International Journal of Healthcare Simulation
Adi Health+Wellness
image
182 Surgical Simulator Design, What are Educators and Trainees Requirements?
DOI 10.54531/QSDB8946, Volume: 1, Issue: Supplement 1, Pages: A76-A76
Article Type: Research, Article History

Highlights 

Notes 

Abstract

Background:

Simulation is an important adjunct to aid in the acquisition of surgical skills of surgical trainees. The simulators used to enable trainees to learn technical skills, practice skills and to be assessed in competency exams, need to be of the highest standard and to be of consistent design. Input into the design and makeup of task trainers used to teach surgical skills come from a multitude of sources. Enquiry into the perspectives of simulation has been described in the past but there is little description, in the literature, of the expectations of the desired features of the simulator itself.

Aim:

This study investigates the perceived requirements of simulation and simulators used to acquire skills in the surgical field, particularly in limb exploratory procedures in trauma.

Simulation activity outline:

This study concentrated on the implementation and desired features of simulators for the acquisition of surgical technical skills.

Methods:

Semi-structured interviews were conducted until data saturation was achieved. An international group of 11 surgical educators and 11 surgical trainees, who had experience with surgical simulation, were interviewed via one-to-one video calls. The interviews focussed on the perceptions of simulation, the integration of simulators within a curriculum and the features of a simulator itself. This study concentrated on synthetic and virtual reality simulators for open surgical skills, as these types of simulators are open to design and redesign or adaptation. Interviews were recorded, transcribed and underwent thematic analysis. Ethical approval was obtained for this study.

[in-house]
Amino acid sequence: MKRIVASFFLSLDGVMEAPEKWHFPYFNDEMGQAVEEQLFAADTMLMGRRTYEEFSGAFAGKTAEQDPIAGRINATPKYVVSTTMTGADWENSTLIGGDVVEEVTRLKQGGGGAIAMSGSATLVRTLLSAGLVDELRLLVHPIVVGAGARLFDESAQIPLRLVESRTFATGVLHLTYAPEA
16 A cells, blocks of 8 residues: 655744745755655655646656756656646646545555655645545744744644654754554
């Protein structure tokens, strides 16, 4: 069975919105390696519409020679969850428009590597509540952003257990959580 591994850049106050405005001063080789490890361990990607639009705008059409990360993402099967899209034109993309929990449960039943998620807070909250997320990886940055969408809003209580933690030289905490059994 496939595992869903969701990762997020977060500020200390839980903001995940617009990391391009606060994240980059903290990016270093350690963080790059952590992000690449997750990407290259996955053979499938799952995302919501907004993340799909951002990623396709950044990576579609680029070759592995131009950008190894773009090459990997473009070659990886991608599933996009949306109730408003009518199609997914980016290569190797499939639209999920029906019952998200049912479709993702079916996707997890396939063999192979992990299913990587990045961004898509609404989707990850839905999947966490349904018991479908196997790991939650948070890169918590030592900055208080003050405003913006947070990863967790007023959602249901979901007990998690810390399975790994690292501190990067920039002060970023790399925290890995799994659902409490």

Results:

Analysis of the perspectives of surgical educators and surgical trainees on simulated training in open surgery yielded three main themes: (1) attitudes to simulation, (2) implementing simulation, (3) features of an open skills simulator. The majority felt simulation was relevant, intuitive and a good way for procedure warmup and the supplementation of surgical logbooks. They felt that simulation could be improved with increased accessibility and a variety of simulator options tailored to the learner. Suggested simulator features included greater fidelity, haptic feedback and more complex inbuilt scenarios. On a practical level, there was a desire for cost-effectiveness, easy setup and storage. The responses of the educators and the trainees were similar and reflected similar concerns and suggestions for improvement.

Implications for practice:

There is a clear positive appetite for the incorporation of simulation into general surgical and limb trauma training. The findings of this will inform the optimal requirements for high-quality implementation of simulation into a surgical trauma curriculum. The findings will inform the optimal features desired in a simulator or task trainer design. The aim is to inspire a more considered design approach to optimize surgical skills training and ultimately lead to increased patient safety.

Heskin, Simms, Traynor, and Galvin: 182 Surgical Simulator Design, What are Educators and Trainees Requirements?
https://www.ijohs.com/tools/openurl?pubtype=article&doi=10.54531/QSDB8946&title=182 Surgical Simulator Design, What are Educators and Trainees Requirements?&author=&keyword=&subject=Research,